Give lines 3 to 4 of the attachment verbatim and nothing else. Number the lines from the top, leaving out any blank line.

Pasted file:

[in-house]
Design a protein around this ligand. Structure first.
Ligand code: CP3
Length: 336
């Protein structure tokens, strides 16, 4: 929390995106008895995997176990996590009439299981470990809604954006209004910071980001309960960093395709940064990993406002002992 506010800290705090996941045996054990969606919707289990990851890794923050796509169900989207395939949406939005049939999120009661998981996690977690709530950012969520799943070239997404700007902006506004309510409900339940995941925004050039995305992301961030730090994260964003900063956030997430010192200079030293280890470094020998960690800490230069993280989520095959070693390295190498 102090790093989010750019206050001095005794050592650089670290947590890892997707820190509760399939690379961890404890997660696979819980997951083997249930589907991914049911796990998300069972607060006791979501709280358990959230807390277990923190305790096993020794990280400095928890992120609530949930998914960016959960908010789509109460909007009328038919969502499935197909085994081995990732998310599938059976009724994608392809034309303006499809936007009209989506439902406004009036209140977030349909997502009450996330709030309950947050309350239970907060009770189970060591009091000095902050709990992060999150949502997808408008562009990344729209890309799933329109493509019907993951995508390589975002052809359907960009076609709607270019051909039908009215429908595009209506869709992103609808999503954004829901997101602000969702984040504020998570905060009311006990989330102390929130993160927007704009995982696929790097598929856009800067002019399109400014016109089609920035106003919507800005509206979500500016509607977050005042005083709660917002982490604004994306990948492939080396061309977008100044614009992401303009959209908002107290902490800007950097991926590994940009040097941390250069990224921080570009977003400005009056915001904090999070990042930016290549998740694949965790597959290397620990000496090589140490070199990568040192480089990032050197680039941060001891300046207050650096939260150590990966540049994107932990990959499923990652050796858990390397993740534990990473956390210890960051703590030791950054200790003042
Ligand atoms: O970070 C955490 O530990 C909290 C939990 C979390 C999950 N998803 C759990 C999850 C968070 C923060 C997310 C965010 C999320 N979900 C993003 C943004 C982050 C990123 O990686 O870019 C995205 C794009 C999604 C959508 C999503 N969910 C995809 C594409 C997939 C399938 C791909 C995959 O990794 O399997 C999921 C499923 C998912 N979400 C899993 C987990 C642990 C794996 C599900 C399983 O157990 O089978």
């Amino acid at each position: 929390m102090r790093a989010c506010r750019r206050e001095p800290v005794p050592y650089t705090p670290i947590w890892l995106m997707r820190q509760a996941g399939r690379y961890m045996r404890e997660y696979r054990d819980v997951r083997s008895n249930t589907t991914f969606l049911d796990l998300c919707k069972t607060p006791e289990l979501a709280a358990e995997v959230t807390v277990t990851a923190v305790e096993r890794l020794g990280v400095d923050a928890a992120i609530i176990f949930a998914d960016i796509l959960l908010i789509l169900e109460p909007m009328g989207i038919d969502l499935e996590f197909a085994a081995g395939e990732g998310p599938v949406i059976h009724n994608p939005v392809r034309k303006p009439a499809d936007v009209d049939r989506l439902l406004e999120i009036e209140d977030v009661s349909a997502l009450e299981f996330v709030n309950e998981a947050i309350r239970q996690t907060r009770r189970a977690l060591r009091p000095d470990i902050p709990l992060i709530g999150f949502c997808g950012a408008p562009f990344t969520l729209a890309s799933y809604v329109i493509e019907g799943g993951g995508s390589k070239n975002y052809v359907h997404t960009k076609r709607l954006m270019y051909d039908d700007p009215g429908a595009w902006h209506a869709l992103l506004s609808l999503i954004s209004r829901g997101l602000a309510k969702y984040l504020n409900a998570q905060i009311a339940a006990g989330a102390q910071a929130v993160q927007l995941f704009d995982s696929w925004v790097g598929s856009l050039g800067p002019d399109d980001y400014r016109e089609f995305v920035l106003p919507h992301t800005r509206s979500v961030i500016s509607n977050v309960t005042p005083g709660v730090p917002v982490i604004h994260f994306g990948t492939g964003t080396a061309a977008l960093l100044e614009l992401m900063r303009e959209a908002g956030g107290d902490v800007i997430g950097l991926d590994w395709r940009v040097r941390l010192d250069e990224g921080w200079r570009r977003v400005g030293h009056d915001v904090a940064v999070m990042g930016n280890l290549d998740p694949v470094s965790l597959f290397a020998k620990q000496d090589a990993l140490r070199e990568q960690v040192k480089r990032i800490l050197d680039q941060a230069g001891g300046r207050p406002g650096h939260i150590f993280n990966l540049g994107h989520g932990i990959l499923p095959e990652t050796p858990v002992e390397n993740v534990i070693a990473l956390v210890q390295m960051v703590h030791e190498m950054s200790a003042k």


Ligand code: CP3
Length: 336